Entries Tagged as 'ESX'

VMRC Console has disconnected – attempting to reconnect.

If the issue persists, end any vmware-vmrc.exe processes in the Windows Task Manager:

  1. Close all vSphere Client sessions.
  2. Open Windows Task Manager.
  3. Search for any vmware-vmrc.exe processes and end the process.
  4. Start the vSphere Client and connect to the host directly or to vCenter Server.

HP 4400/6400/8400 Enterprise Virtual Array and HP EVA P6000 Storage controller software version XCS 11001000 Inactive

After working at a customer site and running into a problem expanding an EVA6400 (SPOF on a disk, so I/O controllers not code loading). I heard from support of HP there is a new XCS code for the EVA x400 series and P600 range.

Below document ID: c03571575

Release Date: 2012-11-13
Last Updated: 2012-11-13

http://h20000.www2.hp.com/bizsupport/TechSupport/Document.jsp?objectID=c03571575&lang=en&cc=us&taskId=101&prodSeriesId=3664763&prodTypeId=12169

DESCRIPTION

A critical issue has been discovered to potentially occur on HP Enterprise Virtual Array (EVA) 4400/6400/8400 and HP EVA P63x0/65×0 systems running controller software version XCS 11001000. The potential for this issue is only on systems running software version XCS 11001000 and that are using VAAI functionality enabled on VMware ESX 4.1/ESX 5.x hosts.

NOTE: Version 11001000 is the only active XCS controller software with this issue; however, the potential for this issue also exists in the inactive XCS versions 10100000 and 11000000.

To ensure current and future systems will function as expected with VAAI enabled, XCS controller software version 11001000 is being retired and will be listed as Inactive in the HP controller software support matrix. Contact your HP Services representative for more information on the issue and to schedule an upgrade to the latest controller software that resolves this issue.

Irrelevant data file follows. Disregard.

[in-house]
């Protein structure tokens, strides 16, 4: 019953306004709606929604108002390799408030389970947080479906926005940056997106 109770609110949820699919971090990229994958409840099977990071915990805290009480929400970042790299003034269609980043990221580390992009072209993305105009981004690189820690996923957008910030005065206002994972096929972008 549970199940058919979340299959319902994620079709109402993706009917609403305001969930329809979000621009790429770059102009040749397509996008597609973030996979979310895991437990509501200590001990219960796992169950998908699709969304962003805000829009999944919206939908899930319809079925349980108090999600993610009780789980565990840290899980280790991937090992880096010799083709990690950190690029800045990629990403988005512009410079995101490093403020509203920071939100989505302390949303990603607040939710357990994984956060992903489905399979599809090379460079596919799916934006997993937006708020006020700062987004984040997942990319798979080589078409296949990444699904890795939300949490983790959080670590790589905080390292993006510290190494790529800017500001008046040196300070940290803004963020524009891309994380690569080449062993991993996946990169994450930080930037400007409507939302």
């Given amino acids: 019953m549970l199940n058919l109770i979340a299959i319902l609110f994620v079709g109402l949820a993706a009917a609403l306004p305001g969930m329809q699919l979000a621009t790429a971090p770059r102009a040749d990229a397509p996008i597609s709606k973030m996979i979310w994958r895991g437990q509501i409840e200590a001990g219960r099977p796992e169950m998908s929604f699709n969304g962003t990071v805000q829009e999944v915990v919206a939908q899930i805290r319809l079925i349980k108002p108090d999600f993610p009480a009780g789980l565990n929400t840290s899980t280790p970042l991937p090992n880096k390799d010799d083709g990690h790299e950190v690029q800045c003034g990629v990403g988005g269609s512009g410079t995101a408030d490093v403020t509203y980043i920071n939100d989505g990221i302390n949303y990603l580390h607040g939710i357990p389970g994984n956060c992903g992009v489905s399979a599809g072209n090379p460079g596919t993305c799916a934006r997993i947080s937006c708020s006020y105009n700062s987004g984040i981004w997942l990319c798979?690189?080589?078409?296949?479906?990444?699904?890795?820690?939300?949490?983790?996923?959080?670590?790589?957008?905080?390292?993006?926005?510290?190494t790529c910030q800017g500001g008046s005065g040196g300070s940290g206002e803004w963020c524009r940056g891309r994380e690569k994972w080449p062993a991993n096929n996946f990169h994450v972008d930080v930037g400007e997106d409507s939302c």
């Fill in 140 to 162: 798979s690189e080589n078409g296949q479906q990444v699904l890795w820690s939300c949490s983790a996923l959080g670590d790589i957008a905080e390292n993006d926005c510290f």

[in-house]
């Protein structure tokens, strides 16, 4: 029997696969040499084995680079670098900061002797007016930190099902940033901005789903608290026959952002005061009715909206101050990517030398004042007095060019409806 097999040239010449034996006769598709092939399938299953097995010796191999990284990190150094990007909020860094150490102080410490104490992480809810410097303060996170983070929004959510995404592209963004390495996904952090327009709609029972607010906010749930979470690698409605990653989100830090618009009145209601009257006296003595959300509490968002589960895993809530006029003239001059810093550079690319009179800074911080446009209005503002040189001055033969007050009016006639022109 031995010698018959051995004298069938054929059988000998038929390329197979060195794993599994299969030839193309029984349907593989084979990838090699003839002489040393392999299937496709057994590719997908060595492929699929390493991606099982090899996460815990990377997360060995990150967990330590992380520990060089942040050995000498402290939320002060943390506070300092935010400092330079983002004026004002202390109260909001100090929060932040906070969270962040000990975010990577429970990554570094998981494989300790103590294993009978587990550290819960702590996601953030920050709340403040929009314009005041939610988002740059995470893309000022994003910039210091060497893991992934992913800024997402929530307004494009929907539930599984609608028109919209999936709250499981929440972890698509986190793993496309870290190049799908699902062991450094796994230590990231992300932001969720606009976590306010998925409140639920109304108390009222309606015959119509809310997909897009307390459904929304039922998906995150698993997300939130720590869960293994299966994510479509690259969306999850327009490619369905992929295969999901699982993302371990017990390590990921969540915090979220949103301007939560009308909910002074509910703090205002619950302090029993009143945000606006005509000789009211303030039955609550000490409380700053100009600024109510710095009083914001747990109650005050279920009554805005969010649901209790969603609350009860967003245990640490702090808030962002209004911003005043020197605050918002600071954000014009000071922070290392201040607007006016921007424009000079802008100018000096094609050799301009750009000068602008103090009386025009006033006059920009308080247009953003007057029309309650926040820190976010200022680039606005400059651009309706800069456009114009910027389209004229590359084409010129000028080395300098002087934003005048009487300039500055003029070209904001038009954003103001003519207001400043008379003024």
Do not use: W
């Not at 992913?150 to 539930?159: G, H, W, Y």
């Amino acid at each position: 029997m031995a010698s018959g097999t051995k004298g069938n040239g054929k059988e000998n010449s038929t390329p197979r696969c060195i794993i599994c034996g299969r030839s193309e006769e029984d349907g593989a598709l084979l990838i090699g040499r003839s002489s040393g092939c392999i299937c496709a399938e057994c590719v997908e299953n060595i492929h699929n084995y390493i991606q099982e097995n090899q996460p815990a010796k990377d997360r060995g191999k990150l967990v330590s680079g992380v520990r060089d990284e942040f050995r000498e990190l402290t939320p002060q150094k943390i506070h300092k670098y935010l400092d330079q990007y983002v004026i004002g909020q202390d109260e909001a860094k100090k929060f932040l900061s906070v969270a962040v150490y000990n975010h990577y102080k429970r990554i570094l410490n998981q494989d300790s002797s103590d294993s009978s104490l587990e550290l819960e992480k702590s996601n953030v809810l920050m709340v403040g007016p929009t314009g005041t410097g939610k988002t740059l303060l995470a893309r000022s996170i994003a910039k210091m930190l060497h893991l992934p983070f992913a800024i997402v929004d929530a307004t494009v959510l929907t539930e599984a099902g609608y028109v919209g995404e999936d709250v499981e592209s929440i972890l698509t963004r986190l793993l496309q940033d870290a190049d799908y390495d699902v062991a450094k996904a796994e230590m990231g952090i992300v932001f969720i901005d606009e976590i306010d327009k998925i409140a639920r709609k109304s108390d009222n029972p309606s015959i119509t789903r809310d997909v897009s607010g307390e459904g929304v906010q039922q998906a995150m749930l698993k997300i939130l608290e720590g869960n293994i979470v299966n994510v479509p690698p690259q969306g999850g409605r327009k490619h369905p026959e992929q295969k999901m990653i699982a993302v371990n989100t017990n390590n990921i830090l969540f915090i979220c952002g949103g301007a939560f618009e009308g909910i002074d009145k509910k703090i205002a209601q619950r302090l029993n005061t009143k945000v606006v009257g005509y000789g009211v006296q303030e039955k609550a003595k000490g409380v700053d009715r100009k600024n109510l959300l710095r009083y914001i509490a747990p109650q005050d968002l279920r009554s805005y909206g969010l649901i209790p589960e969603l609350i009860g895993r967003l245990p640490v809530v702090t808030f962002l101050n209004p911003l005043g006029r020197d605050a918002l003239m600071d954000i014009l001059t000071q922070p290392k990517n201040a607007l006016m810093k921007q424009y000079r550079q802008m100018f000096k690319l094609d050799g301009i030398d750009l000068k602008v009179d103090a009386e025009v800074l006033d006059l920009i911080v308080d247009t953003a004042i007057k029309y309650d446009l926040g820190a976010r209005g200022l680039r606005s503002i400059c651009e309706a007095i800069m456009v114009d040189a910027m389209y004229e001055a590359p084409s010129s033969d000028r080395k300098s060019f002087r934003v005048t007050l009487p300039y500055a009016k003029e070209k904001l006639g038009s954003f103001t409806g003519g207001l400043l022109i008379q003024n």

SCOPE

This issue affects HP EVA4400/6400/8400 and HP EVA P63x0/P65x0 arrays that are running XCS 11001000.

RESOLUTION

Contact your HP Services representative for more information on the issue and to schedule an upgrade to XCS version 11001100. The VAAI functionality must be immediately disabled until the controller software is upgraded to 11001100.

WORKAROUND

Disable VAAI functionality on all VMware hosts that access the HP EVA array until the controller software has been upgraded to XCS 11001100.

UPDATE 16-11-2012:

The XCS code be found -> https://h20392.www2.hp.com/portal/swdepot/displayProductsList.do?category=NAS

Best practices

HP Enterprise Virtual Array (EVA) family with VMware vSphere 4.0, 4.1 and 5.0 Best practices
[Download]

Running VMware vSphere 4 on HP LeftHand P4000 SAN Solutions
[Download]

Best Practices for deploying VMware and vSphere 4 with VMware High Availability and
Fault Tolerance on HP P4500 Multi-Site SAN cluster
[Download]

HP P4000 LeftHand Solutions with VMware vSphere Best Practices (incl. vSphere 5)
[Download]

3PAR Utility Storage with VMware vSphere
[Download]

HP P2000 Software  Plug-in for VMware VAAI
[Download]

HP 3PAR Storage and VMware vSphere 5 best practices
[Download]

IOP’s aanpassingen Alua Aware storage

Alle LUN’s standaard op Round-Robin zetten:

esxcli storage nmp satp set --default-psp VMW_PSP_RR --satp VMW_SATP_ALUA

Op alle LUN’s welke op Round-Robin staan de IOP’s op 1 zetten:

for i in `esxcli storage nmp device list | grep naa.600` ; 
do esxcli storage nmp psp roundrobin deviceconfig set -t iops -I 1 -d $i; done

Recommended BIOS Settings on HP

HP Power Profile Custom Allows to enable custom Power settings specific for vSphere
HP Power Regulator OS Control Mode Hands over the Power Management to vSphere. The other options give this control to the server itself.
Redundant Power Supply Mode High Efficiency Mode (Auto) By default (Balanced Mode), the server uses all installed PSU’s. This might look like the most efficient use, but the more power is drawn from a PSU, the more efficient it operates. The less power you draw from a PSU, the more gets lost to keep the PSU working. Thus, it is best to use the minimum amount of PSU’s so they deliver the highest possible output. The remaining PSU’s are placed in standby. This settings does not affect redundancy as the standby PSU’s jump in as soon as an active one fails. By using the ‘Auto’ mode, the active PSU’s are chosen based on the server’s serial number (odd or even number = odd or even PSU numbers). This makes sure that all power circuits in the racks are evenly used.
Minimum Processor Idle Power State C3 State Needed for vSphere Dynamic Voltage and Frequency Scaling (DVFS). Allows vSphere to halt unneeded cores.